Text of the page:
The jet fighters of the 80s are more bulky constructions, with fences, strakes, large jet intakes and double fins. But in a way the latter are easier to model. Their high speeds come as a result of powerful engines, often a pair. In a model this is easily done with a modern, high power 'FSR' motor, driving a conventional propeller. A modern 0.40 engine delivers up to 2bhp and with a model weighing 2-2.3 kilos there is no problem in lifting the model straight up and reaching speeds of up to 200kmh. Not as high as 300kmh - but I'm sure nobody really wants that speed!

The low speed problems are solved with a lot of gadgetry in the full-size:

1. Cambered or flat lower surface wingtip profiles.
2. Wing fences.
3. Washout.
4. Dogtooth or sawtooth leading edges.
5. Double fins.
6. Large area tailplanes and fins.
7. Sharp edge strakes at the wing roots or sharp edge jet intakes.
8. Flaps.

All these options were eventually included in the model. Details like swing wings, folding wing leading edges and such were abandoned for complexity. The stall speed came close to the 20-30 km/h goal. And the turning ability was also obtained with a good margin.

The Jet Fighter Model: So, in the spring of 1983 the 'Jet Fighter' first lifted from the green and well cut surface of the club field. The prototype was built in a month after careful studies of the bodies and wings of the new jet fighter generation. As the body was created with the aim of giving the impression of two jet engines there was enormous empty space even after installing the R/C flight pack.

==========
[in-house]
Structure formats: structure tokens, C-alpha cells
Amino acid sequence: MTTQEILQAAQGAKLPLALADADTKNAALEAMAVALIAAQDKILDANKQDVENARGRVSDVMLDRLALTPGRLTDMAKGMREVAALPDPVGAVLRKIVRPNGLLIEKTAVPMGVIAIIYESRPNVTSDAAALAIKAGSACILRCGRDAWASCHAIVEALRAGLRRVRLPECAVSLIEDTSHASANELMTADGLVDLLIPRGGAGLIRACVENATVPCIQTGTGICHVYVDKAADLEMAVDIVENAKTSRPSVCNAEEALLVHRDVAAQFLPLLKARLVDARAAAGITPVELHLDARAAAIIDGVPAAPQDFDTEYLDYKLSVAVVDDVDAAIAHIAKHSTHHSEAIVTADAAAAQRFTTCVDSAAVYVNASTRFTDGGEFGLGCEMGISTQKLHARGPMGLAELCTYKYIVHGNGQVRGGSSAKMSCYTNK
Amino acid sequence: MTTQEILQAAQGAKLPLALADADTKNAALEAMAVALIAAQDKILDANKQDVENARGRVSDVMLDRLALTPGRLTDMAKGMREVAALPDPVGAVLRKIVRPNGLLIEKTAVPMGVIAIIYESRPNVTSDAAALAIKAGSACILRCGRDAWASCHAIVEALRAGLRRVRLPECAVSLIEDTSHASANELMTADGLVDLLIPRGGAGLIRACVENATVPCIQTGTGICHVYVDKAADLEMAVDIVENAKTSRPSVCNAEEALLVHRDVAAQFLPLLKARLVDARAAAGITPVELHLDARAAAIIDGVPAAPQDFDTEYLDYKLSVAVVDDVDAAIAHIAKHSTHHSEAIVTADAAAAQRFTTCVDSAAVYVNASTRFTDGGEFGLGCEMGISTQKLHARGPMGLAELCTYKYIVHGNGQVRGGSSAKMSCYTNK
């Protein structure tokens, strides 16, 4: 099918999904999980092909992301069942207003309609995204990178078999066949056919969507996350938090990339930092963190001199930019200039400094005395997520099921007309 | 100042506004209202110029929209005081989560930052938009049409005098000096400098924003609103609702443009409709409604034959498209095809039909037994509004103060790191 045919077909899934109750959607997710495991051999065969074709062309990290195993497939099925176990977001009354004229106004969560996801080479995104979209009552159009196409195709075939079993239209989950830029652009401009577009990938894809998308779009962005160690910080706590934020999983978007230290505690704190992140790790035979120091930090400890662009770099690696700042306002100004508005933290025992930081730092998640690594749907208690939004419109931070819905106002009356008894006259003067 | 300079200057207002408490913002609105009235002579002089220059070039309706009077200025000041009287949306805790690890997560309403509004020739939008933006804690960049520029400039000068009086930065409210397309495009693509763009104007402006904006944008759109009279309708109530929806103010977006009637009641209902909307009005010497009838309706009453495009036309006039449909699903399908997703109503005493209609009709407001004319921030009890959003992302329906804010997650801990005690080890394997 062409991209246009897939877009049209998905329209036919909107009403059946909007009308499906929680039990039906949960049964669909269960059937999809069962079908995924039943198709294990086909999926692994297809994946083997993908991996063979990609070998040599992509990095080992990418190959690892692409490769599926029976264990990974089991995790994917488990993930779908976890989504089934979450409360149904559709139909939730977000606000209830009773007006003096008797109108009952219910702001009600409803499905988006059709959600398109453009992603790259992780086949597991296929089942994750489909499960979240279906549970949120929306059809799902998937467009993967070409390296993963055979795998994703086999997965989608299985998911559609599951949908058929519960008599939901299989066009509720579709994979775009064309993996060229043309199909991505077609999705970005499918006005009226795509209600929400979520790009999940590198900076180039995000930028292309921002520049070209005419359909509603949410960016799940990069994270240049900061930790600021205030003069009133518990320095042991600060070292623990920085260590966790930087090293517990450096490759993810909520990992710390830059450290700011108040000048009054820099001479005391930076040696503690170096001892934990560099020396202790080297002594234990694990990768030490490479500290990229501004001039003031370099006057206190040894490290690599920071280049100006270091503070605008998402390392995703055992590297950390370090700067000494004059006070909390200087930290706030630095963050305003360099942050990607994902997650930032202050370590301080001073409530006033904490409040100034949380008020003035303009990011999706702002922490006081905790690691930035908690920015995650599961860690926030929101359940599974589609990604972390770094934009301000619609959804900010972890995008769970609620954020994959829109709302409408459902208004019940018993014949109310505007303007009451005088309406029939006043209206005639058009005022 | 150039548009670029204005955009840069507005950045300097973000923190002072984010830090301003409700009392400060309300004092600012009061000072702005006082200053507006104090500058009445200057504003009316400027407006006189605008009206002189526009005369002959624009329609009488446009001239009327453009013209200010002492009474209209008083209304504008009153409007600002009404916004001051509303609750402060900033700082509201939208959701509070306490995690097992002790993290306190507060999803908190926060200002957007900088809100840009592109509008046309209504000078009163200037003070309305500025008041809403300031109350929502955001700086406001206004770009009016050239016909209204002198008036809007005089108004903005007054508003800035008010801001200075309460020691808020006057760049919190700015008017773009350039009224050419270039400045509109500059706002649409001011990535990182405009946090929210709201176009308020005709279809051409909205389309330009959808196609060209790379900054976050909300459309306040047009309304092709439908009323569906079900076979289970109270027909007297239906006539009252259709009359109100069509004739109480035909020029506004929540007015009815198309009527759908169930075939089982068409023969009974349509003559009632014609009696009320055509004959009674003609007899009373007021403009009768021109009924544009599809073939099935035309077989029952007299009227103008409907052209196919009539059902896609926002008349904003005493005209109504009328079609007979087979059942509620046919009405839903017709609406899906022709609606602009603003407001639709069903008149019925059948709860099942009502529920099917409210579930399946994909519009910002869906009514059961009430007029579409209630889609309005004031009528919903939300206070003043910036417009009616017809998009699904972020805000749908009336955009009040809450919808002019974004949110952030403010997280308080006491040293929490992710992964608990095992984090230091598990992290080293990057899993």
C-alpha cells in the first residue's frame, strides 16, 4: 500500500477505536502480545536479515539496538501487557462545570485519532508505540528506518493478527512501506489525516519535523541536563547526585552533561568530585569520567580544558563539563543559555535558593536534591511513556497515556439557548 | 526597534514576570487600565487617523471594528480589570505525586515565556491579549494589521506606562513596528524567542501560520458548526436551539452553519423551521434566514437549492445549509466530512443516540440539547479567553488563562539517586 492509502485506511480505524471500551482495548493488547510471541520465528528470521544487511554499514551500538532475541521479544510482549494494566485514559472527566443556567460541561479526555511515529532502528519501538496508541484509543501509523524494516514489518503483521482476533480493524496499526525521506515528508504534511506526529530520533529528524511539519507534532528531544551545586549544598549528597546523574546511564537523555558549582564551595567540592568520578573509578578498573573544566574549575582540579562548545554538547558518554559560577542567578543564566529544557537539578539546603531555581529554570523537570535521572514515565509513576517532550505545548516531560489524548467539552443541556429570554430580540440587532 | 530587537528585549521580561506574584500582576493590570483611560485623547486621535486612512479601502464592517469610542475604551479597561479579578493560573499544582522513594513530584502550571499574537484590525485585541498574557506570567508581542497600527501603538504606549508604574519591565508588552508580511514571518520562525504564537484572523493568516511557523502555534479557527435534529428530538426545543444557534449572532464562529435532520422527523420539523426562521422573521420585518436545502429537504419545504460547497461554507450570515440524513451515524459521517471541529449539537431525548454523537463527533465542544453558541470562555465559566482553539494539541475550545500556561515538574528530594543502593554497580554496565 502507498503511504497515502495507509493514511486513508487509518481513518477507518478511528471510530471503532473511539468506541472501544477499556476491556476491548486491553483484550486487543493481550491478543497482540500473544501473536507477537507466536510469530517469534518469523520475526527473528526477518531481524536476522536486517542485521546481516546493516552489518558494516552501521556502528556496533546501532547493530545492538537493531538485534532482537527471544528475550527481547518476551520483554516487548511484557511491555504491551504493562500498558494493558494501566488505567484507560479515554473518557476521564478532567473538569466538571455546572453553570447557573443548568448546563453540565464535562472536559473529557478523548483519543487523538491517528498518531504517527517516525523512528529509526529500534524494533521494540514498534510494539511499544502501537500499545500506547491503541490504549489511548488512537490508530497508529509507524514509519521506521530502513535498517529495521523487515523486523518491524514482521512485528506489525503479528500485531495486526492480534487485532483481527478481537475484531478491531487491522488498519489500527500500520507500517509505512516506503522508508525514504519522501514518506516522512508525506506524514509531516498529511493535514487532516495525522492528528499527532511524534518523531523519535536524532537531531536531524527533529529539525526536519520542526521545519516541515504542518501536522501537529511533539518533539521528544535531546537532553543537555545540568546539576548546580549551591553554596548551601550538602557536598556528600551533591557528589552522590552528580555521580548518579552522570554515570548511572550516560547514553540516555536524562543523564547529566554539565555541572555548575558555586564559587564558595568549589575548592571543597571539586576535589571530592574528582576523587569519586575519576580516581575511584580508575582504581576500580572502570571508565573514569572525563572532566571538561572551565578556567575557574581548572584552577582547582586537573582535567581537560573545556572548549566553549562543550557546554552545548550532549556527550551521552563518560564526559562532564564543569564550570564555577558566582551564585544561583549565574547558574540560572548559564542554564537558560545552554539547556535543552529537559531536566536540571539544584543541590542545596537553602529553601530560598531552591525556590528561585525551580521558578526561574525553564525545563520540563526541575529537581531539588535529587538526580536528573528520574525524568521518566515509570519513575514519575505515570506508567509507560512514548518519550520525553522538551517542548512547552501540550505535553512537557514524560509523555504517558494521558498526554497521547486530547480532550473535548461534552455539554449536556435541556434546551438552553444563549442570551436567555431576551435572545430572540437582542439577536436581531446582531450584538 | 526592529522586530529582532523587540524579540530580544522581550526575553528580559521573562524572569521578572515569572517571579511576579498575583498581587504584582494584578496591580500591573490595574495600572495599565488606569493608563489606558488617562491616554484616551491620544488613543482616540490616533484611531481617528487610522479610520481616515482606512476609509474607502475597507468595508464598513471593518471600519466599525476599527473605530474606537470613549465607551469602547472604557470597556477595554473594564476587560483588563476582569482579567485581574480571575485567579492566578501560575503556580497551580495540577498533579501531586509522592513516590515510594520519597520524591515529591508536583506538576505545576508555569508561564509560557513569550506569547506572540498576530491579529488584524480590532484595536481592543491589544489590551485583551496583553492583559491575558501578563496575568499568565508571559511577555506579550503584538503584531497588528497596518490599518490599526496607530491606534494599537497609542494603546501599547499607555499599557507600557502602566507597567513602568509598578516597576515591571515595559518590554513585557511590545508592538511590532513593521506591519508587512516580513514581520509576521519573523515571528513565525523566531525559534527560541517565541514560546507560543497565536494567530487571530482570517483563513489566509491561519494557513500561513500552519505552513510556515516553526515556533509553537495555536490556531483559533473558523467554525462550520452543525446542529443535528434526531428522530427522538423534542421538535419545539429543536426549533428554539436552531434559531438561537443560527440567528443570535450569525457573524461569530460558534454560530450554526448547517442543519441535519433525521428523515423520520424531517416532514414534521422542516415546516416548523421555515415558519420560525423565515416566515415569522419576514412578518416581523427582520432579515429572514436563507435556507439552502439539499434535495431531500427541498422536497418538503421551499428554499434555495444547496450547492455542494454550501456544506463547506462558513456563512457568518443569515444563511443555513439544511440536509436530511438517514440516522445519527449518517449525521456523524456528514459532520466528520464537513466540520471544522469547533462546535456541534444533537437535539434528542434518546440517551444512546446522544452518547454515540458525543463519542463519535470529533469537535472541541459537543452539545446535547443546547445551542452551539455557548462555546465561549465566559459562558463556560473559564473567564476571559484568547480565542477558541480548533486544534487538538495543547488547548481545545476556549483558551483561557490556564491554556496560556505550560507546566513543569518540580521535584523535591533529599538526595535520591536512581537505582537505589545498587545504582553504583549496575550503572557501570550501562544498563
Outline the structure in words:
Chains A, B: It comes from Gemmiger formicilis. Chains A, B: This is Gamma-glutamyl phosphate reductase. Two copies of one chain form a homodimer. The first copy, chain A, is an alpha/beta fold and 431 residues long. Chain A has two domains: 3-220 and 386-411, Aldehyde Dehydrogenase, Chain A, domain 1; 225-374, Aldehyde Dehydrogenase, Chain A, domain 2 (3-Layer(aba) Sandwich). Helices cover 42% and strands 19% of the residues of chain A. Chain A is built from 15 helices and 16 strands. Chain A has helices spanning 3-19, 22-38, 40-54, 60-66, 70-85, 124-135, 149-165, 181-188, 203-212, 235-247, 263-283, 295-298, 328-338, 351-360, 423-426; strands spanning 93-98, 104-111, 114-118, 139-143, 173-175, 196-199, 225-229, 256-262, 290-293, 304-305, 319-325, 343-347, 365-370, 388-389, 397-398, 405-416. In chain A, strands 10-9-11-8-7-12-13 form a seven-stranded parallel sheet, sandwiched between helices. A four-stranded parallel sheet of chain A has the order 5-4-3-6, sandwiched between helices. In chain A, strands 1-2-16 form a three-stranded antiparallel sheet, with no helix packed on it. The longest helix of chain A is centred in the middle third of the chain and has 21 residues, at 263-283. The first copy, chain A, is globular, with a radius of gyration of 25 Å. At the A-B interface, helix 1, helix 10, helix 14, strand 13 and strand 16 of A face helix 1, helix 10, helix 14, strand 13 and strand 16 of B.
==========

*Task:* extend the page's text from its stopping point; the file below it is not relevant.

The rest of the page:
The first flights were a breathtaking success! An 0S4OFSR could easily zoom the model straight up into the blue and the mere sight of the plane banking round in circles around the other clubmates' planes was very encouraging. Low speed characteristics were extremely good in a straight line. But then the problems started.

From rolls the 'Jet Fighter' would come out in very strange attitudes and low speed turns were more like slalom skiing. Slow motion films of the rolls showed that the fins and stabiliser couldn't keep the plane straight on course. An enlargement of both areas by about 30% cured the disease. Unfortunately we crashed the prototype during the experiments..."

Jet Fighter, RCM&E, February 1985.

Direct submission to Outerzone.

Supplementary file notes

Article pages, thanks to RFJ.

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Jet Fighter (oz11279) by Bo Garstad from RCME 1985 - model pic

Datafile:
  • (oz11279)
    Jet Fighter
    by Bo Garstad
    from RCME
    February 1985 
    42in span
    IC R/C
    all formers complete :)
    got article :)
  • Submitted: 05/06/2019
    Filesize: 509KB
    Format: • PDFbitmap
    Credit*: Circlip, RFJ

Jet Fighter (oz11279) by Bo Garstad from RCME 1985 - pic 003.jpg
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Jet Fighter (oz11279) by Bo Garstad from RCME 1985 - pic 004.jpg